Some of the houses in the north end of the burning block were torn down and by hard fighting the fire was stopped at the last building before reaching Blooms’ blacksmith shop.
The fire burned east very slowly, as the wind was against it that way, and the house opposite the Nail hotel was the last to burn and as this building was filled with hay it made a very hot fire. The Nail hotel was never in danger on account of the favorable wind, but it was kept wet as a precautionary step as it was feared the wind might change.
The watch maker shop of Mr. Council was rolled off from the other buildings and did not burn.
A small portion of Arnold and Attaway’s stock was removed from the building. Outside of this none of the stocks on the west side of Main Street were moved as the (?) did not want to have their stock damaged until they knew it was necessary.
The fire stated a few minutes after 9o’clock and shortly after 10o’clock was under control. During that time however, it had burned 21 buildings, all of which were frame, and quite a number of them small.
The burned district is the oldest part of Caddo and has been there many years.
Geo. Ahrens Burned to Death
Caught in the Flames of a Burning Building
He Could Not Escape
Little did the people think Monday night as the fire was raging that a human being was being burned to death in one of the buildings. But such was found to be the case Tuesday morning when the charred remains of Mr. Geo. Ahrens, an old man 76 years of age, were discovered.
During the night and after the fire had died down a very heavy rain fell and the fire in the burned district was extinguished with the exception of a few places. A journeyman printer who had arrived in town during the night, was on the scene of the fire early next morning and he was the first to discover the burned body. At first he did not think it was a human body, but was soon convinced that it was. Others had arrived and an investigation as to who the unfortunate could be was begun, with the result that it was soon evident that the remains were those of Mr. Geo. Ahrens, a shoemaker who lived in the rear of F.S. Harvey’s store and had a shop next door east.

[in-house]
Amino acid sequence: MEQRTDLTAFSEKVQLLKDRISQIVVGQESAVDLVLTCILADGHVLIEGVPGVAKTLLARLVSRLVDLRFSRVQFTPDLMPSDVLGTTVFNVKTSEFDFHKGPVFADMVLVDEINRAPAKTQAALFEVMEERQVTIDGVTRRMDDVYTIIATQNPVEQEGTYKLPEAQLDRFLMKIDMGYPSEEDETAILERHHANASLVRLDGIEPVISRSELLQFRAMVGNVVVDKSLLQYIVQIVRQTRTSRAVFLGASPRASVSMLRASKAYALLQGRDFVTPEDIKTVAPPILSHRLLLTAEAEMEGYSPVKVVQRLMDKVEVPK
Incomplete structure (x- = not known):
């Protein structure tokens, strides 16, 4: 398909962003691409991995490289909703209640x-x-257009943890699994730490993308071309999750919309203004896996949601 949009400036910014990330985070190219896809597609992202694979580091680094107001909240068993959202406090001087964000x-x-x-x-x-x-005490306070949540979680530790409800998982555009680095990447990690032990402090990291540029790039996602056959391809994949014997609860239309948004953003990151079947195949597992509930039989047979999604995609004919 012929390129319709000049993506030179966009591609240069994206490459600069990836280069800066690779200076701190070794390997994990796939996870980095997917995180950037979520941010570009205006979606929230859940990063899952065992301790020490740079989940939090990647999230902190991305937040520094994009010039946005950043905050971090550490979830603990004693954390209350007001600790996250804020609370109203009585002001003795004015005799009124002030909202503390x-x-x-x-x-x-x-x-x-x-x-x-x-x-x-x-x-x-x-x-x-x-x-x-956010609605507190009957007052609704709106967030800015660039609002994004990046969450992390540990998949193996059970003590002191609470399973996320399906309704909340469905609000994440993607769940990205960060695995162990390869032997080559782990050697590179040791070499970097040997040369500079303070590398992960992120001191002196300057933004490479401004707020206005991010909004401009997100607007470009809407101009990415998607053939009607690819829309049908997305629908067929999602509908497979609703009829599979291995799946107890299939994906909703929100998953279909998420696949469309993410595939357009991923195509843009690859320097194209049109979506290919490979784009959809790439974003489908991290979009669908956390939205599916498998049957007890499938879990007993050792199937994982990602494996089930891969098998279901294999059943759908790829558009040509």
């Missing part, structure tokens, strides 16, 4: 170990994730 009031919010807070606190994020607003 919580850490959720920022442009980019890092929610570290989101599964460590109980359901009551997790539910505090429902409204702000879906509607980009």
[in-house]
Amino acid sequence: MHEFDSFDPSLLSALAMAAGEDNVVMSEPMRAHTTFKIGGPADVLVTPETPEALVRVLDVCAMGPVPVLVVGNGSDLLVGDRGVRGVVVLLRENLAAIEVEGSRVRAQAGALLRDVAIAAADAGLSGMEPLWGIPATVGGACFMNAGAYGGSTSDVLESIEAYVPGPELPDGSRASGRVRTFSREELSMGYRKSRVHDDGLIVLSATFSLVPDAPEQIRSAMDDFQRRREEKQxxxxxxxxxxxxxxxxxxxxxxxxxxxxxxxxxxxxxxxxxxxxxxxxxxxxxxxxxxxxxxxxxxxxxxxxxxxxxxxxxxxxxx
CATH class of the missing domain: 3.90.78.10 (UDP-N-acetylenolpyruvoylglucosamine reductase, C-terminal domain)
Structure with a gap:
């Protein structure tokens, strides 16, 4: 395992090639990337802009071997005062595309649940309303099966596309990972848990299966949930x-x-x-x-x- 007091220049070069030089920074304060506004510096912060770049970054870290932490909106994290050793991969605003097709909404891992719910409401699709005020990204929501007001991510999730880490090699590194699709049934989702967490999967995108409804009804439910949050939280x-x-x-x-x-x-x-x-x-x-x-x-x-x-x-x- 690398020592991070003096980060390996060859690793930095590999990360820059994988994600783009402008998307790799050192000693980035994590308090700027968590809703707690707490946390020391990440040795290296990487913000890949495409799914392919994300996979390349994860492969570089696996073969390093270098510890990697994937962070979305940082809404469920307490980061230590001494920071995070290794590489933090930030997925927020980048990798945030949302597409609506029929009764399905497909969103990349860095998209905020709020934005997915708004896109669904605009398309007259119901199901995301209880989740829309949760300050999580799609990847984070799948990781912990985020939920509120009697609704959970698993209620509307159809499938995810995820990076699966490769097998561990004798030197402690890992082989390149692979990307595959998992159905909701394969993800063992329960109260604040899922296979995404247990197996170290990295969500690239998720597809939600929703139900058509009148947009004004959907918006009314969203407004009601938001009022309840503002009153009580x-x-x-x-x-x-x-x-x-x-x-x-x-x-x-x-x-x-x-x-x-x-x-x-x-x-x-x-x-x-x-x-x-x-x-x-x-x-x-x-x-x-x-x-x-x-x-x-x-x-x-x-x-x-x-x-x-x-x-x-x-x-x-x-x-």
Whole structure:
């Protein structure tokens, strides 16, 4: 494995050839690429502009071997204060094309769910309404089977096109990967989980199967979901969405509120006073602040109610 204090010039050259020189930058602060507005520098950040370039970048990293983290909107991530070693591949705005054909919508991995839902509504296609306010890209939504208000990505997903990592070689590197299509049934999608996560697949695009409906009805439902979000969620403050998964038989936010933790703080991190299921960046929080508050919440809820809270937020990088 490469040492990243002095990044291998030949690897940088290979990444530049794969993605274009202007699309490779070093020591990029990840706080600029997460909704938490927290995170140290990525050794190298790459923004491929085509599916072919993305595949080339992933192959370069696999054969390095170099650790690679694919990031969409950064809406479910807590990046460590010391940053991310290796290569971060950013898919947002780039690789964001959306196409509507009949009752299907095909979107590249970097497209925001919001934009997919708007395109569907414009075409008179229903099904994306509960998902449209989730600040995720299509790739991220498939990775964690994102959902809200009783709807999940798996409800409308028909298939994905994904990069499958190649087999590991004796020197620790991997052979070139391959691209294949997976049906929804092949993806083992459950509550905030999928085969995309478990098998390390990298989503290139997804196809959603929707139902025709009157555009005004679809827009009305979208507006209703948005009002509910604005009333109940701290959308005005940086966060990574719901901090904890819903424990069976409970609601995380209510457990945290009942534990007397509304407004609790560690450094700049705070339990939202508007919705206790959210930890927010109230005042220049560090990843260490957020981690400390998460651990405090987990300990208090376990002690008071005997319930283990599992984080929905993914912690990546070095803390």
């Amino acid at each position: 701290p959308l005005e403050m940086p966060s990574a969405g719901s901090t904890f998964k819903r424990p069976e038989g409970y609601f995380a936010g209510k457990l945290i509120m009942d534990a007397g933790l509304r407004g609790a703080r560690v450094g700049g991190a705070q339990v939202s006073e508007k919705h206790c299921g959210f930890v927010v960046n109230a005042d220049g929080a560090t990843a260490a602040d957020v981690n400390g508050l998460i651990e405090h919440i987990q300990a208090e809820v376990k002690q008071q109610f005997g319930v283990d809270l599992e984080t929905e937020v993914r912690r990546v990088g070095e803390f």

The Herald reporter made an inquiry of all those who would probably know anything of the matter and learned the following:
As soon as the fire was discovered Mr. Ahrens, who was retired, was awakened and he arose, dressed himself and went at once to the home of Harvey to tell him that his store was afire. Mr. Harvey says this was the last he saw of Mr. Ahrens as the latter was gone when he (Mr. Harvey) got ready to come to the fire. He was seen later, however, at the fire. The last we can hear of him was when he said to a bystander, a stranger, whose name we did not learn, “I have some money in the house which I must get.” He disappeared and it is supposed he went around to the rear of the building and entered. No one saw him enter and in the hurry and excitement he was thought of no more as those who heard him say he was going in the house supposed he came out again and was in the large crowd somewhere.
Just exactly how he met death will probably never be known, but it is supposed he entered his room and the heat and smoke overcame him and he was unable to get out. (I’m skipping the very graphic description of the body.) An inquest was held over the remains by Mayor Dodd Tuesday morning and a decision rendered about it in accordance with the above statement.